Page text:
Treated animals should be separated from unaffected sheep, and given footbath treatment last. The two groups should be kept strictly apart and moved to clean pasture where sheep have not been for at least 14 days. It is important to clean up properly after treatment, burning all foot trimmings and disposing of footbath liquid correctly.
The procedure should be repeated one to two weeks later. Residual cases in the treated group may be given one more opportunity of treatment. When there is no improvement in any member of this group they should be culled as chronically infected animals. After implementing this programme it is important to treat any new sheep brought into the flock as they may carry infection.
A foot-rot vaccination is available, but should not be seen as a method of avoiding foot paring. The vaccine will help control the disease but will not eliminate it from any flock, however, it is useful in preventing attacks of foot-rot, for example when sheep are housed.
Scald is an inflammatory disease of the skin between the toes which can be very painful. It is often caused by mechanical damage, for example long grass dragging between the cleats, particularly in lambs, or clay soil balling around the foot and between the toes.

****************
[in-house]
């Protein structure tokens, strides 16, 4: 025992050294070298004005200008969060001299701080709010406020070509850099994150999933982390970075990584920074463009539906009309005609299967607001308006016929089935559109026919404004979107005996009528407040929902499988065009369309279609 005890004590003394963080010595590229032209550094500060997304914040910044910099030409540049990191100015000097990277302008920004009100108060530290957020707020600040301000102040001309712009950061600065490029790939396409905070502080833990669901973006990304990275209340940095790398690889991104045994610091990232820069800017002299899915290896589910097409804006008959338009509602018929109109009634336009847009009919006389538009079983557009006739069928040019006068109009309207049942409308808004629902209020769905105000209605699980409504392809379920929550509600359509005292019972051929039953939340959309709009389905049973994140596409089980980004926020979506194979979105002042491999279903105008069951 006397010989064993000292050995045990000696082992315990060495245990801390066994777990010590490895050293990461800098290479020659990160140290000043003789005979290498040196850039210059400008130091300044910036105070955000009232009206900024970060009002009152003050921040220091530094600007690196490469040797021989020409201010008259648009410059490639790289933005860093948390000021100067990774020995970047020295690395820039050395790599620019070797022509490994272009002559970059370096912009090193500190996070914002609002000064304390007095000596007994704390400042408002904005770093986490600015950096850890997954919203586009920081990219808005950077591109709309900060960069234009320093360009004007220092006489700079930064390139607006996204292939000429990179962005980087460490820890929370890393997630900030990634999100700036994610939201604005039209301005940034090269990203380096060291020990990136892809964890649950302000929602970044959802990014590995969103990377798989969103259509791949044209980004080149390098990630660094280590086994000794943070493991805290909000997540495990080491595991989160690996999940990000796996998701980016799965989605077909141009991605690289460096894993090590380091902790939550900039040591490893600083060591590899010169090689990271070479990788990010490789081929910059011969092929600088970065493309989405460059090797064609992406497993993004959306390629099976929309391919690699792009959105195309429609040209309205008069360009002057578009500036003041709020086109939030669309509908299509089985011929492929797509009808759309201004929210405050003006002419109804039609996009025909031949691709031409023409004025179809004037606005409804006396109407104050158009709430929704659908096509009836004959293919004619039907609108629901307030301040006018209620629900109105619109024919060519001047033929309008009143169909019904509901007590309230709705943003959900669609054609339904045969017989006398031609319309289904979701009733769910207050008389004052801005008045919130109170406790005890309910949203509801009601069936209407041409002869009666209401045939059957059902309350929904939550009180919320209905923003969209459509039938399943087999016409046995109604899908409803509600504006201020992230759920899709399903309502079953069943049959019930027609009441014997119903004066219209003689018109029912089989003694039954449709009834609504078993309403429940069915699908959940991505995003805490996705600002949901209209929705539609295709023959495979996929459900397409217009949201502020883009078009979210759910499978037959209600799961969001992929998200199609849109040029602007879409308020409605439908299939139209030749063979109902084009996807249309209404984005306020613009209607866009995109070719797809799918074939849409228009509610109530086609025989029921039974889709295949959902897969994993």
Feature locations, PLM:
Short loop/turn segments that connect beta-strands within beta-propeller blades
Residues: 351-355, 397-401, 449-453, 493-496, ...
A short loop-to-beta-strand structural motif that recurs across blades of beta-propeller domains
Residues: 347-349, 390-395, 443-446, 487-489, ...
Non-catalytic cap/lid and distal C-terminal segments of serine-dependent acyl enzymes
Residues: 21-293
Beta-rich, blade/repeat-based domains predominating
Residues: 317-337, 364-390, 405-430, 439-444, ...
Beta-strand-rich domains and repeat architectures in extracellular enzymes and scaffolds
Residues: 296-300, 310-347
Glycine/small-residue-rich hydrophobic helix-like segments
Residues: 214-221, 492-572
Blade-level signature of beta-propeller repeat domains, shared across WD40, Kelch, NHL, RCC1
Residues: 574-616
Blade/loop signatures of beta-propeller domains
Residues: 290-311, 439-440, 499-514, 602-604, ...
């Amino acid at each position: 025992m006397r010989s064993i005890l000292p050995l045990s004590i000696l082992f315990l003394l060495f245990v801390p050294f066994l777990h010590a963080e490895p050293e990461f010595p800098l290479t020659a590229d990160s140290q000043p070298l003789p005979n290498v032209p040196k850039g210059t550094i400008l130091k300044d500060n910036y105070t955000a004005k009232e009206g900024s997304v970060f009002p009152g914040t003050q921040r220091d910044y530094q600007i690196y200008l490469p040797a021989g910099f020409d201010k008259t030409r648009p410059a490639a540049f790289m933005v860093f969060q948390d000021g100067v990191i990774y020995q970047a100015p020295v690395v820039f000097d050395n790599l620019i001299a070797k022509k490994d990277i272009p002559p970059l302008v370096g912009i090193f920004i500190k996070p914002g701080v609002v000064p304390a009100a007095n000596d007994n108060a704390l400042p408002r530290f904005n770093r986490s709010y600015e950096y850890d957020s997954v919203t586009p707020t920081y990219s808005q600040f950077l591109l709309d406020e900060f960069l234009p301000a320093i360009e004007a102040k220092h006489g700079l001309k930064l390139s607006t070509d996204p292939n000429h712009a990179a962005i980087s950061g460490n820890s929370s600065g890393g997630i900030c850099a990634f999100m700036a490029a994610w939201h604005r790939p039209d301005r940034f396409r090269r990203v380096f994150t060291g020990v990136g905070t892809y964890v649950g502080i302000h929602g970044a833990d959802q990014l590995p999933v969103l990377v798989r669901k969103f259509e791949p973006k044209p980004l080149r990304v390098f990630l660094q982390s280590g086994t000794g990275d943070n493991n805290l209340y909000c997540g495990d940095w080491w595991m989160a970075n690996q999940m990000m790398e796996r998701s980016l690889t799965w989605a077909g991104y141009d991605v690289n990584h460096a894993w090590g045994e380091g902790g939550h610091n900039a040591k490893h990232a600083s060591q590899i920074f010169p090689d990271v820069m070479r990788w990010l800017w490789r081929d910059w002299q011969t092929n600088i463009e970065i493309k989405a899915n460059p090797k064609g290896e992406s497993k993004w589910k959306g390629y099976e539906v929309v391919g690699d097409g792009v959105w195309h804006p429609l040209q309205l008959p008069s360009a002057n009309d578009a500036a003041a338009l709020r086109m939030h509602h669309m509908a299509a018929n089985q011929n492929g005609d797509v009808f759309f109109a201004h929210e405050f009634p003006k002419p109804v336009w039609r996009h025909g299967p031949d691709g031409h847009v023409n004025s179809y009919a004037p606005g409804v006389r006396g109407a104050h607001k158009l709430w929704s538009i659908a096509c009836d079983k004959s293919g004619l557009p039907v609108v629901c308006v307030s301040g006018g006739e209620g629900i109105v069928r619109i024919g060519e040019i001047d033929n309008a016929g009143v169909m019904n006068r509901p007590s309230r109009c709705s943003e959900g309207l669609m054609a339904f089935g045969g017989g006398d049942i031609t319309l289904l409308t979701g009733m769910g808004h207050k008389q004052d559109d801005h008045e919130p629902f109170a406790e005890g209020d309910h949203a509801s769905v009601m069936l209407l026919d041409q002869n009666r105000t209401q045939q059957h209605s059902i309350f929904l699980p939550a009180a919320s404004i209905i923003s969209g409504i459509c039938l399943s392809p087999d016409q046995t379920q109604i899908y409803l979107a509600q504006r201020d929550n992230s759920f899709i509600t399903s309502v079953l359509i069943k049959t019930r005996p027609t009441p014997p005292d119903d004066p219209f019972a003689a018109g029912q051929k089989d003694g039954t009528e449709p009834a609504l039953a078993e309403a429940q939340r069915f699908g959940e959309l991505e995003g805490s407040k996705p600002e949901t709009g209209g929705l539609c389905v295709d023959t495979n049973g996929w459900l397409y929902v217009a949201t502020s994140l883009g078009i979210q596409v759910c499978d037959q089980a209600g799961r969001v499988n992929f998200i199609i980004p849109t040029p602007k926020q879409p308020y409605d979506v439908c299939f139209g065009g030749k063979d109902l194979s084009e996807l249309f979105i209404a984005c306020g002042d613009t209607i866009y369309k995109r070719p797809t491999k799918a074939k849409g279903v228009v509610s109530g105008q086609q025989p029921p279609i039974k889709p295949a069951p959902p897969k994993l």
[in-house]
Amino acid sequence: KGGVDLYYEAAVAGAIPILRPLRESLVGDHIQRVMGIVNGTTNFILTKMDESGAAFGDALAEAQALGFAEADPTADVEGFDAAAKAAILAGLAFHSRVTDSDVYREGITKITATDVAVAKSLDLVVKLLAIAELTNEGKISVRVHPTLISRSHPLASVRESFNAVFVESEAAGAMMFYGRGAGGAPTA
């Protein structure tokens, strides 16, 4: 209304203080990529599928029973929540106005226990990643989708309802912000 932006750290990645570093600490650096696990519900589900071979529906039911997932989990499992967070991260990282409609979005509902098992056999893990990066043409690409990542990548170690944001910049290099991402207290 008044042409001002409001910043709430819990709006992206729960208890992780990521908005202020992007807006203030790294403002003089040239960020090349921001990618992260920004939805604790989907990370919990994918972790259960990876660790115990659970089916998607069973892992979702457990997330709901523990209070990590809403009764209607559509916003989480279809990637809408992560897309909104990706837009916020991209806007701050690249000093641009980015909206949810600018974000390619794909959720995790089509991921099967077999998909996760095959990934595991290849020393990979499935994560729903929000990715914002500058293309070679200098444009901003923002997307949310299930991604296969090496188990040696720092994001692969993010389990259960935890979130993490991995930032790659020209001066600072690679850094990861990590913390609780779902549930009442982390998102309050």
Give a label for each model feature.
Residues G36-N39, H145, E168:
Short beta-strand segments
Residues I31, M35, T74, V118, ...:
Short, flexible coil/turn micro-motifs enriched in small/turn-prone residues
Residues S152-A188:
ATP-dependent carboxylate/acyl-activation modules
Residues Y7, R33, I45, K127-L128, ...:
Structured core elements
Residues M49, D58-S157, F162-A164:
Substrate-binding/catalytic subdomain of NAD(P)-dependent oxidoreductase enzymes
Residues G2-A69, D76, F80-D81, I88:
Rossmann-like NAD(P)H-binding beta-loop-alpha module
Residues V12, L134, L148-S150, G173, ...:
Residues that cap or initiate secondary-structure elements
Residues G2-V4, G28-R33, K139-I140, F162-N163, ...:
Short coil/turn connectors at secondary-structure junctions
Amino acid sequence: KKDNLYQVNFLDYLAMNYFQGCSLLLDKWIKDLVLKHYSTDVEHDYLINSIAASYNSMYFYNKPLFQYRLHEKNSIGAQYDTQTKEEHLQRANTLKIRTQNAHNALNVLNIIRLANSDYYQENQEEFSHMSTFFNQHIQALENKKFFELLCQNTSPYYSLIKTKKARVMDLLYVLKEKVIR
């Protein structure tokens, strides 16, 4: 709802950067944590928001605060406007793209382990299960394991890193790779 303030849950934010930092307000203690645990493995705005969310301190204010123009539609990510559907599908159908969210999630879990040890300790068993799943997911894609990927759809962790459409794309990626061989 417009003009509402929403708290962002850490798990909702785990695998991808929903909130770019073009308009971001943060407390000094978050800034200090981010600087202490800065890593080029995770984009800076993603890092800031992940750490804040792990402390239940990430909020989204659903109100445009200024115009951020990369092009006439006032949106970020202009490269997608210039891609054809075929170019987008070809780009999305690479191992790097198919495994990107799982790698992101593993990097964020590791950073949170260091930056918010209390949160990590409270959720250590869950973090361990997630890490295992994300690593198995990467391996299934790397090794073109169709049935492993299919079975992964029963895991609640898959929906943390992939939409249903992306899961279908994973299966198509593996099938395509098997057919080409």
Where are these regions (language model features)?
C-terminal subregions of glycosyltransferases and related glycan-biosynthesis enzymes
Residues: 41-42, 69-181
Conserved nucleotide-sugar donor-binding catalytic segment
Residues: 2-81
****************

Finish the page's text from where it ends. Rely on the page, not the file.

A secondary bacterial infection often develops, and unless treated it may allow foot-rot to develop. In severe cases lambs may be unable to rise and ewes will be found walking on their knees. Many sheep can be affected in a flock at the same time and treatment should be given as soon as possible.
The whole flock should be footbathed in zinc sulphate 10% solution or formalin at 3%. However, formalin can make the foot harden and this may not be beneficial if future paring is needed. It is worth remembering that formalin at any greater strength can cause the condition rather than cure it.
Time should be taken to allow treatment to work – do not run sheep through a footbath. Not only is this totally ineffective against disease, but it can cause other damage due to splashes in eyes or mouths of both sheep and operators.
Where scald is caused by long grass, fields used for grazing should be topped to reduce grass height. This will also help with grazing since sheep prefer short grass.
There is no excuse for lameness in sheep since control methods and treatment are readily available. Investment in a stand-in footbath is well worthwhile and a turning crate can be invaluable. Foot-rot can be eradicated from a farm with a programme developed for all the sheep and cattle.
Further information on treatment and eradication should be gained from your vet.
* Treat in cooler weather
* Examine all sheep
* Treat promptly and properly
set in box please
* Inflammatory disease
* Possible secondary infection
* Adequate foot-bathing
Sheep should stand in footbath solution for at least 20 minutes to help treat foot-rot – this type of footbath makes the task easier.
• Treat in cooler weather
• Examine all sheep
• Treat promptly and properly
• Inflammatory disease
• Possible secondary infection
• Adequate foot-bathing